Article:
We discern that the urge of the times is not to fix a broken system, but to acknowledge our inherent power to summon other worlds.
We know a way. Our cultures teach us that in turning to each other, we become disruptive to old realities and hospitable to new ones. Because we will not co-create the world by proxy, we need to turn to ourselves again, and rekindle the realness we have lost. The closer we get to the ways we can grow food, the less we have to depend on or fight against genetically modified products in brazen shopping malls.
In these human-scaled circles of rejuvenation, we will weave a new social fabric; a new world will be a tantalizingly present and dynamic reality, not a distant ideal. In these places of ‘vulnerability’, we will reclaim a terrain that is free from the paralyzing influences of NGO-speak and politics.
This is not about conventional movements.
We envision a meta-network, a new politics of engagement that draws in the non-activist and activist and helps them recognize the power they already are.
In those circles, our hands will be occupied with the serious business of reclaiming territory, creating value, and reconnecting with others in ways that we might actually be able to try ourselves. As we do this, there will be less need to depend on the fading structures and frameworks that now populate our inner and outer landscapes.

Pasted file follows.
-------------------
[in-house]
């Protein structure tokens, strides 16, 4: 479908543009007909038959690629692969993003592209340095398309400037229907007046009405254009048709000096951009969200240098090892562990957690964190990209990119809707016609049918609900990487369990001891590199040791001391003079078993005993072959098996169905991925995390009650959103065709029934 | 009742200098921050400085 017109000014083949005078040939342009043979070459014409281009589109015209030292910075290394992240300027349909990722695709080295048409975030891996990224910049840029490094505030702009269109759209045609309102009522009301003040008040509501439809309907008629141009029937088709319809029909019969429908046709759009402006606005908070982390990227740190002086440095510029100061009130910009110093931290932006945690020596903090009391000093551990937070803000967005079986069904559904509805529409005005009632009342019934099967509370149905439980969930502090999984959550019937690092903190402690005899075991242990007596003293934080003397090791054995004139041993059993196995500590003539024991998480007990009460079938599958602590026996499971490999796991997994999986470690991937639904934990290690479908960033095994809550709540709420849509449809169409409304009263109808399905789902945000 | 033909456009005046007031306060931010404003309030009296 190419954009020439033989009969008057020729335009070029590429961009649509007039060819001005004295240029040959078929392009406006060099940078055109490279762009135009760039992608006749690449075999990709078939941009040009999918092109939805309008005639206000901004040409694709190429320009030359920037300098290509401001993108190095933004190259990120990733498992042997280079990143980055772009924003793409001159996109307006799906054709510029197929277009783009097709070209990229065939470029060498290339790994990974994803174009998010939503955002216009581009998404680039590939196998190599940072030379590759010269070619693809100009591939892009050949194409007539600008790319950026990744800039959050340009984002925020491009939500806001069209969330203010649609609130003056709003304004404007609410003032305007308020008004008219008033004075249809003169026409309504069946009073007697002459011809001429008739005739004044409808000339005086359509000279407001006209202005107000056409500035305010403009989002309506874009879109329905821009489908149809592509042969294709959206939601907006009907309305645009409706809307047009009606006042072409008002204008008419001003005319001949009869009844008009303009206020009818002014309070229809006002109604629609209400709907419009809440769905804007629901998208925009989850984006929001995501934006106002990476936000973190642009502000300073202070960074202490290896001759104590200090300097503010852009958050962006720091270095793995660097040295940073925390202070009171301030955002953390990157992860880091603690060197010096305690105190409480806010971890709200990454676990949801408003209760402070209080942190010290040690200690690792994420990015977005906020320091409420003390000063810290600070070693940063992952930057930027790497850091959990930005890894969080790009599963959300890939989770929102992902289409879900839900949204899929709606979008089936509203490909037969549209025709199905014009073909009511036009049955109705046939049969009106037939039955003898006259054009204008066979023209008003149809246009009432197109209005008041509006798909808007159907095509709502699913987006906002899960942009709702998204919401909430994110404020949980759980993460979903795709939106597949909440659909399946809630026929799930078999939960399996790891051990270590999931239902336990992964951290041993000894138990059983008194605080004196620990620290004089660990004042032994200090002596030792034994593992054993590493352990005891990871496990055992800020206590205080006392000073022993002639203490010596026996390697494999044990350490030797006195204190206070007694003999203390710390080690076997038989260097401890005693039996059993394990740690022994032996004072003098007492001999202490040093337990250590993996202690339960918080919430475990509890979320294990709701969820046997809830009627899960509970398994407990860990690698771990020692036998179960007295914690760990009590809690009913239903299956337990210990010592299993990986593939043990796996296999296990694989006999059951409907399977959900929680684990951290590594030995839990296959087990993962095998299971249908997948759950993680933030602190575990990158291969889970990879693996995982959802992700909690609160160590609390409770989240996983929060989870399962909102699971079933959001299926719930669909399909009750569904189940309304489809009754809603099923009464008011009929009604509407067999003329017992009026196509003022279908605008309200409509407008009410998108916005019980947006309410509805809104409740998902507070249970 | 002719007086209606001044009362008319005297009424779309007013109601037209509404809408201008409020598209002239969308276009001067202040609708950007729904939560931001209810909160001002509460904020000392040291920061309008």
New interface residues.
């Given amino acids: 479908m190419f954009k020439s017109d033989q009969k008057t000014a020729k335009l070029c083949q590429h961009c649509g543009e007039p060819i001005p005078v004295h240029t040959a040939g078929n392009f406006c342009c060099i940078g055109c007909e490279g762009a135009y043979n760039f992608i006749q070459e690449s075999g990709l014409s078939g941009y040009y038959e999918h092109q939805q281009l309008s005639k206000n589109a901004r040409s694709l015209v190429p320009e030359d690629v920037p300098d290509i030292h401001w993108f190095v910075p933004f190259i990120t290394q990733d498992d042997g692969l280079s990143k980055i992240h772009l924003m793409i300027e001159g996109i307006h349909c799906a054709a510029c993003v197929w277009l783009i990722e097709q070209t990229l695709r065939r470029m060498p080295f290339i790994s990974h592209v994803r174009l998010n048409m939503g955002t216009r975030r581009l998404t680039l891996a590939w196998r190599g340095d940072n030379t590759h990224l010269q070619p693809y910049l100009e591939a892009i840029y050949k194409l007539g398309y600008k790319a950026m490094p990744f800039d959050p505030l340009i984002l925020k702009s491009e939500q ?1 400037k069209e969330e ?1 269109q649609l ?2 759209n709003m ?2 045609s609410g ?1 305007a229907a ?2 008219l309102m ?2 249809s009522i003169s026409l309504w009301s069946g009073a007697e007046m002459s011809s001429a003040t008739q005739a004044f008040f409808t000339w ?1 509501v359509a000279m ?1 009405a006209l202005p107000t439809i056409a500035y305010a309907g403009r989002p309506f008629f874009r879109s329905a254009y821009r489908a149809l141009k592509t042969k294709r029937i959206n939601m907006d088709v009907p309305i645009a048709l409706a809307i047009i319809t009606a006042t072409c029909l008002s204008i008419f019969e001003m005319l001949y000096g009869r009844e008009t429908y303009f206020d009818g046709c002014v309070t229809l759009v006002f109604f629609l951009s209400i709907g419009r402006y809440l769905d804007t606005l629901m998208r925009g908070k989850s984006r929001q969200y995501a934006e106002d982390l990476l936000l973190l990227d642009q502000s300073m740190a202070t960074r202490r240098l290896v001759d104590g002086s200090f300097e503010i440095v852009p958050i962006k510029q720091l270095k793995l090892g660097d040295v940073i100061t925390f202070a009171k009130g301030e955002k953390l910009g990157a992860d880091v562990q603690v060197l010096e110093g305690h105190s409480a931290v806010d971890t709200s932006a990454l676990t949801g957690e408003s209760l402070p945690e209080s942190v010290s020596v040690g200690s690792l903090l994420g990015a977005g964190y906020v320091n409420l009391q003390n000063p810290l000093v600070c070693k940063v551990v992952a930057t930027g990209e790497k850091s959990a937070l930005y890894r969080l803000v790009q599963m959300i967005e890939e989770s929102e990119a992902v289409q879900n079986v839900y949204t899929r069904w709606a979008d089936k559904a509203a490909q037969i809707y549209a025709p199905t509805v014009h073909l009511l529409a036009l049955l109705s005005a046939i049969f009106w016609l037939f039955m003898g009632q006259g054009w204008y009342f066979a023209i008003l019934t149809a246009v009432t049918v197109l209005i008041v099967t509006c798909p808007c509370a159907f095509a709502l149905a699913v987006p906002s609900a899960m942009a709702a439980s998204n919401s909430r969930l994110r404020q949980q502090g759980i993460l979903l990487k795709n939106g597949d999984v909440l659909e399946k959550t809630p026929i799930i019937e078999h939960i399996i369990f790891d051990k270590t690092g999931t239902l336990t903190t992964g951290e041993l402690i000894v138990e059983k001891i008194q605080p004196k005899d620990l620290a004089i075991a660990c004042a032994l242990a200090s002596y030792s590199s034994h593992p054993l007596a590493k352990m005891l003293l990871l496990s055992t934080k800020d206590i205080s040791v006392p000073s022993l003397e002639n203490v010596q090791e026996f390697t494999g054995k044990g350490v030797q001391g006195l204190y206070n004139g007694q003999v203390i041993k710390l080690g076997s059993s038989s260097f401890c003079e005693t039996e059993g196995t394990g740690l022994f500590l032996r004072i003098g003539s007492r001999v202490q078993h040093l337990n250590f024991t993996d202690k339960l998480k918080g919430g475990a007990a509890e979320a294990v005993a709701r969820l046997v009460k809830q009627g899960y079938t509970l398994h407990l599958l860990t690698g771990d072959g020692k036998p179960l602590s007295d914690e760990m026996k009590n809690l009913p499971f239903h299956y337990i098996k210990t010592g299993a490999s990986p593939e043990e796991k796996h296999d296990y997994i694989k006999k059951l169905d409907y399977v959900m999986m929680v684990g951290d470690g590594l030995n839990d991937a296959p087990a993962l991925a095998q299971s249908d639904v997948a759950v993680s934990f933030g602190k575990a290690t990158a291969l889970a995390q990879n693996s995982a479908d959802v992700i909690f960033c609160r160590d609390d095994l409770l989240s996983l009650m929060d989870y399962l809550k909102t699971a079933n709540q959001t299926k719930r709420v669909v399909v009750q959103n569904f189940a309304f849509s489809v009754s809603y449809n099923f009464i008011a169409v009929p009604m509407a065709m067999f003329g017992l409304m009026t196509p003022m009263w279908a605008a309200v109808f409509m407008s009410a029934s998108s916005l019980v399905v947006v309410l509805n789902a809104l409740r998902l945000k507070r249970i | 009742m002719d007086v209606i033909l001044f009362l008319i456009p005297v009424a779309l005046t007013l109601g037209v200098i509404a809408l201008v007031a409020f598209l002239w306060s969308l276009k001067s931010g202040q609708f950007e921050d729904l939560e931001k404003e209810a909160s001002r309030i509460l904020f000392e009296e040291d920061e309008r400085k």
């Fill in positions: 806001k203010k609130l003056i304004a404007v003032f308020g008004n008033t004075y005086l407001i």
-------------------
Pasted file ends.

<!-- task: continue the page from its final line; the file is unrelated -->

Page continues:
This is not a call for funding, new institutional regulations, or greater emphasis on the established parameters we are used to; we are not naïve enough to think institutions are the problem, but we are conscientious enough to recognize that the ‘solutions’ will not come from within them. We can however have both…institutions that address the issues, and a meta-project, a shared alliance or network that strives to connect these unbranded ‘circles of reclamation’ emerging across the planet now.
In his recent keynote speech, Bayo Akomolafe suggests ways we can build ‘an invisible revolution’. His position is not final or doctrinaire, but given in the spirit of exploration – and held by the disruptive archetype of the trickster mythology in our indigenous settings.
We are also truly happy about the new ‘Johannesburg Compass’ – comprising of questions and soft orientations that capture the concerns of the activists that gathered at the Global Summit. We think of it as a truly commendable way to inspire widespread conversations about new possibilities.
This is why we write then. We write because there are conversations that we are yet to have about our true power; we write because we are not as limited and constrained as we suppose. We write because we suspect that this is the finest hour for civic action today. We recognize that for many of you reading this, what we hint at – a new form of deinstitutionalized activism, if you will – represents a leap into the dark…embracing the unknown. Our people think of the dark not as a place of horror and grief, but the place where surprises are stitched, where miracles are sown, where colours are alchemically combined, and where the new tapestries of a preferred existence is buried in wait.
We call on activists around the world to think of what they do, to recognize that this is a time to address the syndrome, not the symptoms. This is an opportunity for us all to join the chorus of voices now summoning a new world.
We would be honoured if you could acknowledge this letter as a means of deepening the conversation.
If we beat the system at its own game, we’ve lost. It is no longer time to rush through the contested world blinded by fury and anger – however worthwhile these are. Now, we think, is the time to ‘retreat’ into the real work of reclamation, to re-member again our humanity through the intimacy of our relationships. The time is very urgent – we must slow down.